The next Assassin’s Creed is finally here. We’re all ready to enter the halls of Valhalla, as the Viking-themed entry in Ubisoft’s fantasy-history franchise arrives on current and next-gen consoles and PC.
As usual you’ll step into the shoes of an historical figure – here a Norwegian raider, either male or female – and run around the place sneaking, stabbing, and generally getting up to no good. In this case you’ll be doing all that no-good in old timey England, making this that rare videogame that gives a prominent role to Essex.
Valhalla also promises various improvements on 2018’s excellent Odyssey including expanded RPG elements, a new settlement system, and a (very limited) online multiplayer element.
Which platforms is Assassin’s Creed Valhalla be available on?
The latest Assassin’s Creed is available on (deep breath) PC, PS4, PS5, Xbox One, Xbox Series X & S, Google Stadia, and Amazon Luna.
On PC it is exclusive to Uplay and the Epic Games Store though, so don’t expect to find the game on Steam.
Meanwhile on Xbox it supports Smart Delivery, which means that if you buy the game once for Xbox One you can play the same copy on an Xbox Series X/S, so there’s no need to worry about buying it twice.
You can buy the game direct from Ubisoft or Amazon.
Which version should I buy?
There are predictably a few versions of Assassin’s Creed Valhalla to pick from.
You can buy the game on its own, or upgrade to the Gold Edition to get the season pass too – including an extra Beowulf story mission at launch. More on the season pass below.
The Ultimate Edition throws in some extra digital goodies and in-game items, while the Collector’s Edition throws in a whole load more physical stuff including two statues, the soundtrack, some lithographs, and more.
There’s also a limited-time deal on Assassin’s Creed Valhalla that’ll net you the standard version for as little as £41.
What’s included in the Season Pass and other DLC?
Valhalla’s season pass is made up of three elements.
First up, from launch the Beowulf-themed mission ‘The Legend of Beowulf’ is available exclusively to season pass holders.
Spring 2021 will bring the first major DLC: Wrath of the Druids. Set in Ireland, this large expansion will let you visit Dublin and explore the Irish countryside as you unravel a druidic conspiracy and get deep into Celtic folklore.
Then in summer we get The Siege of Paris. In case you can’t guess, this one’s set in France, and will let you explore northern France and delve into Paris, trying to support the Viking siege of the city from within.
If you don’t want to pay for the season pass, there will also be four packs of free DLC, starting in late 2020 with a Yuletide festival and expanding next year with a new river raid mechanic and more.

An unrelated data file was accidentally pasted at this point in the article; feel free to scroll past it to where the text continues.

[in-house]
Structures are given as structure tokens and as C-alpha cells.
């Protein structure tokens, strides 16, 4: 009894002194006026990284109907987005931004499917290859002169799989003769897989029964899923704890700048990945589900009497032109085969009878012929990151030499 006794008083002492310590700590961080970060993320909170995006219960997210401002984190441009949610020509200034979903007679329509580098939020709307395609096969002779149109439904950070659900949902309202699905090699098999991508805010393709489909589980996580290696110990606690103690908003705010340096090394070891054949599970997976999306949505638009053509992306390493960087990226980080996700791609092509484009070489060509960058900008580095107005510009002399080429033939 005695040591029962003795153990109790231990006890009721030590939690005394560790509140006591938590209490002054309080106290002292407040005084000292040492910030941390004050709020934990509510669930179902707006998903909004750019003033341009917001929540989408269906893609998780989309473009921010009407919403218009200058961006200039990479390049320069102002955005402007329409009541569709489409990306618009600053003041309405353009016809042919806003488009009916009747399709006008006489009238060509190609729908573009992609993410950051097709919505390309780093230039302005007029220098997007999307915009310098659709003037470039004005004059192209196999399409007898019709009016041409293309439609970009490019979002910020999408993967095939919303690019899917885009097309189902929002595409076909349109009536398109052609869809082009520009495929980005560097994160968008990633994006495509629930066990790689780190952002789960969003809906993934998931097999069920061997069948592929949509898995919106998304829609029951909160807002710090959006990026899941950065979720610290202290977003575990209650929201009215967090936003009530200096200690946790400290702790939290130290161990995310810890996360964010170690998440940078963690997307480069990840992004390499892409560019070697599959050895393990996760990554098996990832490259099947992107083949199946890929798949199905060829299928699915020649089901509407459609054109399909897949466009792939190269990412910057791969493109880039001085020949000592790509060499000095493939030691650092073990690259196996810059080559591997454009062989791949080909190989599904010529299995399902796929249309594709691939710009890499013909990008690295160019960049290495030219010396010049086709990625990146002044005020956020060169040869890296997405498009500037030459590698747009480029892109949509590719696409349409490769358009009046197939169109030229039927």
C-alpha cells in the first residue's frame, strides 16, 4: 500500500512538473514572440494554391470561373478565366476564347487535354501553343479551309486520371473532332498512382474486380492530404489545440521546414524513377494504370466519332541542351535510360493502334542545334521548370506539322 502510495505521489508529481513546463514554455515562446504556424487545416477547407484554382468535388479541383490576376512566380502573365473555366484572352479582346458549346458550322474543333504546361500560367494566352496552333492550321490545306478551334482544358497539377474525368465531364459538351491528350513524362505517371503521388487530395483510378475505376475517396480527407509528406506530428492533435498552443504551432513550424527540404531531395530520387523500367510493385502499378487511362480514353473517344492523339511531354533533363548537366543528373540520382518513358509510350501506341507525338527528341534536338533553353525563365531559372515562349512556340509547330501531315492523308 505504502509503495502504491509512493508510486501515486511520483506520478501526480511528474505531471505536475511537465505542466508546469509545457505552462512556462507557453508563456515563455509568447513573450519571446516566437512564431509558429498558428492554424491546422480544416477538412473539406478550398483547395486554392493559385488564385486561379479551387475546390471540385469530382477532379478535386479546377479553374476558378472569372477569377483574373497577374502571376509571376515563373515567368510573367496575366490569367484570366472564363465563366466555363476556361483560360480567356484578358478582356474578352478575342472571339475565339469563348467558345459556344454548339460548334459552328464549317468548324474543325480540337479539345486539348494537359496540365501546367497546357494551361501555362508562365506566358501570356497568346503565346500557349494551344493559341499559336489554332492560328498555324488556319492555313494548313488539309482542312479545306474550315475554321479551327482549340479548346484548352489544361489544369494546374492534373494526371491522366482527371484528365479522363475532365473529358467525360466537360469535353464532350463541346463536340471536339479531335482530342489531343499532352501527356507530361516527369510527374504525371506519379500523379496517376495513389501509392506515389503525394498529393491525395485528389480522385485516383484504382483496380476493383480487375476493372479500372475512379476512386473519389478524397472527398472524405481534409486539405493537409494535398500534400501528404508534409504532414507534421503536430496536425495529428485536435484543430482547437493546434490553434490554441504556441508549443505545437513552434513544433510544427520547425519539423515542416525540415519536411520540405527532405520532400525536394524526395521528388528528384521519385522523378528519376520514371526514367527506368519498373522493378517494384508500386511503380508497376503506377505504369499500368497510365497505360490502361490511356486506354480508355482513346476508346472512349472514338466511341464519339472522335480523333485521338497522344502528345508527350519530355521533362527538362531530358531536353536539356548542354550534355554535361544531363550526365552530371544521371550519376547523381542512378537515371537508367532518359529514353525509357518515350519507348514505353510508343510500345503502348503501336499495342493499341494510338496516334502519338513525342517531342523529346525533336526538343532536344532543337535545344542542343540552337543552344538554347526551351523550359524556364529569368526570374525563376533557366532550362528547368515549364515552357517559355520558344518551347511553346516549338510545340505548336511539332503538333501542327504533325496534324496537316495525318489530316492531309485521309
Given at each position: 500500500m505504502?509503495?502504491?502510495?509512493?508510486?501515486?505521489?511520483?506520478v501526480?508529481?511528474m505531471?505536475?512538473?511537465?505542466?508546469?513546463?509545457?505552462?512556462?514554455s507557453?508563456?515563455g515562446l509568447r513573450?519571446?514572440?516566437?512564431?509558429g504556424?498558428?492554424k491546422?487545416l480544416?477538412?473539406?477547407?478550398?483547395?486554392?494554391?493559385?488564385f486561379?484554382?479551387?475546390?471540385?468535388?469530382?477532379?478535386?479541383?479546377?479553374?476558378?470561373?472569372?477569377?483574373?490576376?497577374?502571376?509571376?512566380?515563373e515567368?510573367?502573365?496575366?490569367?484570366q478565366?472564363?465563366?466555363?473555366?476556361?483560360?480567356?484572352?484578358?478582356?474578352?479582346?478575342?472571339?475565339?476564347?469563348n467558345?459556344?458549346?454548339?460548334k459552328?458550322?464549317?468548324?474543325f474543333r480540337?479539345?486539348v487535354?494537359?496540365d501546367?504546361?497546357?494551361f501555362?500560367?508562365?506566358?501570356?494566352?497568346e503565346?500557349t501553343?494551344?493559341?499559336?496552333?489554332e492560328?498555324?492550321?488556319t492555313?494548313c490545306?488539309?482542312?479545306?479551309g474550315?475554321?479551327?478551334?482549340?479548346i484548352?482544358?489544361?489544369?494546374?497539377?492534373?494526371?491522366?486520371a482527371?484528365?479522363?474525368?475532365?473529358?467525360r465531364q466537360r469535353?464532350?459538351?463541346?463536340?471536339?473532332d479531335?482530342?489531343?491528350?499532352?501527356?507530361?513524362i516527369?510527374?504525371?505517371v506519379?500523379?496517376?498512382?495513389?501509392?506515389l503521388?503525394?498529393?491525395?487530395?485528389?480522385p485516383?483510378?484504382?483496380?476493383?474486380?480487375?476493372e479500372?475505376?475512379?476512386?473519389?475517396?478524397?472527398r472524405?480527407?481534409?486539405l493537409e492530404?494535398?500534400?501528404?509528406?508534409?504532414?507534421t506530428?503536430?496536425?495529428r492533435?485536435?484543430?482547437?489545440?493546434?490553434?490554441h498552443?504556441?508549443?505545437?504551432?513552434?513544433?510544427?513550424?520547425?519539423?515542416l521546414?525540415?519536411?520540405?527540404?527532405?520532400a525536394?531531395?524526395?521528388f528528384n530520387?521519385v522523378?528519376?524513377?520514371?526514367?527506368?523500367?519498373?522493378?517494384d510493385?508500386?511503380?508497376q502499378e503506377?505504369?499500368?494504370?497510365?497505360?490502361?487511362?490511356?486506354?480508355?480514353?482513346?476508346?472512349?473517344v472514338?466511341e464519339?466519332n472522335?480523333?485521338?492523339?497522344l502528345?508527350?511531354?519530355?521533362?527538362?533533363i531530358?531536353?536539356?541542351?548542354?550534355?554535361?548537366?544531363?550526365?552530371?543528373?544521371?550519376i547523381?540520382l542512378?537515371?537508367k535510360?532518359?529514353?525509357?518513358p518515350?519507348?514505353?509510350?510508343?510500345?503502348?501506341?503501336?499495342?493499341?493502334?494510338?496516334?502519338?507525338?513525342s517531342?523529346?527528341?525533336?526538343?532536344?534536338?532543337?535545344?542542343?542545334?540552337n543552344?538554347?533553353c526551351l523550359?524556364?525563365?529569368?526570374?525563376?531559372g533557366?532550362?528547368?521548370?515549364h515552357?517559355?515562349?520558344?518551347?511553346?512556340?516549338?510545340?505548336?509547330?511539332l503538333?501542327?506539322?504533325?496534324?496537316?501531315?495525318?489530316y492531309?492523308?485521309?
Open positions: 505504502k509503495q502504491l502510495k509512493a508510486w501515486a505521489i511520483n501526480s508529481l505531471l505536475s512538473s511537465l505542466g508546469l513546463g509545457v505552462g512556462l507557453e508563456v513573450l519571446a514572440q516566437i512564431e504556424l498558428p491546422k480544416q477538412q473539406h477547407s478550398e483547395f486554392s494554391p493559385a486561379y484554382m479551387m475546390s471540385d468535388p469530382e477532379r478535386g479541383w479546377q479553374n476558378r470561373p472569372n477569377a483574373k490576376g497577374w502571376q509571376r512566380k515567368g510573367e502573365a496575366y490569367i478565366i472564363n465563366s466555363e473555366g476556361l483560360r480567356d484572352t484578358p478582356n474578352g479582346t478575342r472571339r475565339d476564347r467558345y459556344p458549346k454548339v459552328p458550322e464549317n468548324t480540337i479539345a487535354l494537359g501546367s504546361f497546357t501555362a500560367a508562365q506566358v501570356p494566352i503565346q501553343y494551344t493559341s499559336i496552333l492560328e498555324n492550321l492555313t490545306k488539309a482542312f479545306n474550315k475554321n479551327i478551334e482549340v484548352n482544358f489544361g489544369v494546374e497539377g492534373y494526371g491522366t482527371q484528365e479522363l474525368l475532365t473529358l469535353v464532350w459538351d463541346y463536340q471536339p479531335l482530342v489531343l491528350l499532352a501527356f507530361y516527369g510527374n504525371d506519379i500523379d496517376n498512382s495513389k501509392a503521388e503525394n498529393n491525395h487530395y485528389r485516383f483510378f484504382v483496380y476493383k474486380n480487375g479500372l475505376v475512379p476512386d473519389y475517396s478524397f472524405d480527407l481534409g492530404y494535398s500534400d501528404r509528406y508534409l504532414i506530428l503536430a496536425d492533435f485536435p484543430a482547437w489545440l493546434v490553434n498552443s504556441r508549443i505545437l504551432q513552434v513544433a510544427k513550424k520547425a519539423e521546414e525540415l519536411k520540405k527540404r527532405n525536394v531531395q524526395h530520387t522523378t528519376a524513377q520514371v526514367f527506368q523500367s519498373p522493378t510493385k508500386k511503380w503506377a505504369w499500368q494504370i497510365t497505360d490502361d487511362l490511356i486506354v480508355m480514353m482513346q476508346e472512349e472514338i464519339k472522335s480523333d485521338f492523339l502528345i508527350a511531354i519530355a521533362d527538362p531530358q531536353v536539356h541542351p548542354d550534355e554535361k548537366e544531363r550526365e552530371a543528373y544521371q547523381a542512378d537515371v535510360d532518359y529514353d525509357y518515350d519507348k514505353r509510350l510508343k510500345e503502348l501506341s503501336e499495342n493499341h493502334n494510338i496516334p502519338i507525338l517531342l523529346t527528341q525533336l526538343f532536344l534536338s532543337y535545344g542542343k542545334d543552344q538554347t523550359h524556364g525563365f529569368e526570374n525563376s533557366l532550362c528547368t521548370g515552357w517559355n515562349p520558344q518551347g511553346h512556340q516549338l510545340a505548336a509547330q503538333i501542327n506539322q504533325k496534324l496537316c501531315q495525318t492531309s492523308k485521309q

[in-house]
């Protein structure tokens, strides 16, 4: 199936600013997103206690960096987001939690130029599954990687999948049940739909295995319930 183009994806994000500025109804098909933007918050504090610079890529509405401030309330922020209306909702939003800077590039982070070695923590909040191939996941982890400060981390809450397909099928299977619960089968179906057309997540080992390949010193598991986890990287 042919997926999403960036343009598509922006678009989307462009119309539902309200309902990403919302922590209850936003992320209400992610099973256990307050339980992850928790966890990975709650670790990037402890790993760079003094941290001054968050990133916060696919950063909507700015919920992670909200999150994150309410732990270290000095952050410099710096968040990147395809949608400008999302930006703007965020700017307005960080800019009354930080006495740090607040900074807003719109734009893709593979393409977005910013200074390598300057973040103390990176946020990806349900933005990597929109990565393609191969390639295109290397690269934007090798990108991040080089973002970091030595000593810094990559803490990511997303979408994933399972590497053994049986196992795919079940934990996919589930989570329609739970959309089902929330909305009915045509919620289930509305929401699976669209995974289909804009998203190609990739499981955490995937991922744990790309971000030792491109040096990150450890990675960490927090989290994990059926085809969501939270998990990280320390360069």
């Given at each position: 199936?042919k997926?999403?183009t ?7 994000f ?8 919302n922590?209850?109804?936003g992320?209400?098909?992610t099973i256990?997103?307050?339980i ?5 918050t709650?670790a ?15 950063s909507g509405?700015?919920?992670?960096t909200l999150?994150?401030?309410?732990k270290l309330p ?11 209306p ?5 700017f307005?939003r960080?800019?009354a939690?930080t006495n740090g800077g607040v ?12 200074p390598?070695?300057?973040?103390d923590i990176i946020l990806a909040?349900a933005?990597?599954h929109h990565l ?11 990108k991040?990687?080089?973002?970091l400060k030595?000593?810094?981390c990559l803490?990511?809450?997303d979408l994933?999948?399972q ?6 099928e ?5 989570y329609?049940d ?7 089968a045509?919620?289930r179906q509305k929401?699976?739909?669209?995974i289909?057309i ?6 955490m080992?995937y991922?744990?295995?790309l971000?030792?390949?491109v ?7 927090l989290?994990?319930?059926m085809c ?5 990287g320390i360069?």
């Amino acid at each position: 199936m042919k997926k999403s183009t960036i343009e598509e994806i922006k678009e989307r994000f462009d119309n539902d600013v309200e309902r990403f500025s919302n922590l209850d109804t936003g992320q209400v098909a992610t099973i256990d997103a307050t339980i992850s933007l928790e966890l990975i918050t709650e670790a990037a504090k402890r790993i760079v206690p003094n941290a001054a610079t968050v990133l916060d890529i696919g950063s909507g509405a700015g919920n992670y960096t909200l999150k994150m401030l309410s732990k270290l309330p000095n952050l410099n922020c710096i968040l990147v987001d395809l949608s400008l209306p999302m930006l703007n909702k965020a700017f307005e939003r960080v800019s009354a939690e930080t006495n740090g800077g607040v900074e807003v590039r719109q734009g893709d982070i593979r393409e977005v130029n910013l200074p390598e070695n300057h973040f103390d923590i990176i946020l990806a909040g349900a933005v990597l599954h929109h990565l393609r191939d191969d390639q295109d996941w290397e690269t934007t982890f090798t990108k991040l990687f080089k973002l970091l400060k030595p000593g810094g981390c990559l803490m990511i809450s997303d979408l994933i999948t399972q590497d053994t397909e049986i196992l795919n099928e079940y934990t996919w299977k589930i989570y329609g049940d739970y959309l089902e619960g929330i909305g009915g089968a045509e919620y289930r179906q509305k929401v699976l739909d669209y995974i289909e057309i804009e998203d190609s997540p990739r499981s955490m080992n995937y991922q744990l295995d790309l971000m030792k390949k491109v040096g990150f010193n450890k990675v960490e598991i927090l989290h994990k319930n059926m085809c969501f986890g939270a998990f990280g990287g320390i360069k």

What are the PC system requirements?
Fortunately Ubisoft has gone into detail on what you’ll need to get into Valhalla on PC, laying out not only minimum and recommended specs, but also three other tiers of specs to play on ‘high’, ‘enthusiast’ or ‘ultra’ settings. Check them all out right here:
Watch the Valhalla trailers
A day after the title reveal Ubisoft followed it up with this cinematic trailer which shows off the setting in earnest – though there’s not much in the way of gameplay:
Then as part of Microsoft’s Inside Xbox reveal of Xbox Series X gameplay we got our first gameplay footage from the game, though be warned that it’s more a matter of in-engine footage than actual gameplay:
Our first proper look at gameplay came during the first Ubisoft Forward stream, with a six-minute gameplay overview and a longer 30-minute deep dive (which you’ll find further down the page here).
Following that gameplay reveal it’s back to cinematics as usual, with Eivor’s Fate trailer focussing on what’s ahead for Valhalla’s playable character – though this clip sticks strictly to Eivor’s male version:
Then there’s the official story trailer, which also sticks to male Eivor to show the story’s setup – a mission to England led by Eivor’s brother Sigurd – and hints at the Assassin-y side of the story too.
Where and when does Assassin’s Creed Valhalla take place?
It should come as no surprise that a game with the name “Valhalla” takes place in the Viking era, and it looks set to cover the Viking invasion of Britain during the Dark Ages.
The official description says that you can “sail from the harsh and mysterious shores of Norway to the beautiful but forbidding kingdoms of England and beyond,” so we know that it’ll cover both sides of the North Sea and include multiple countries – with DLC now confirmed to include Ireland and France.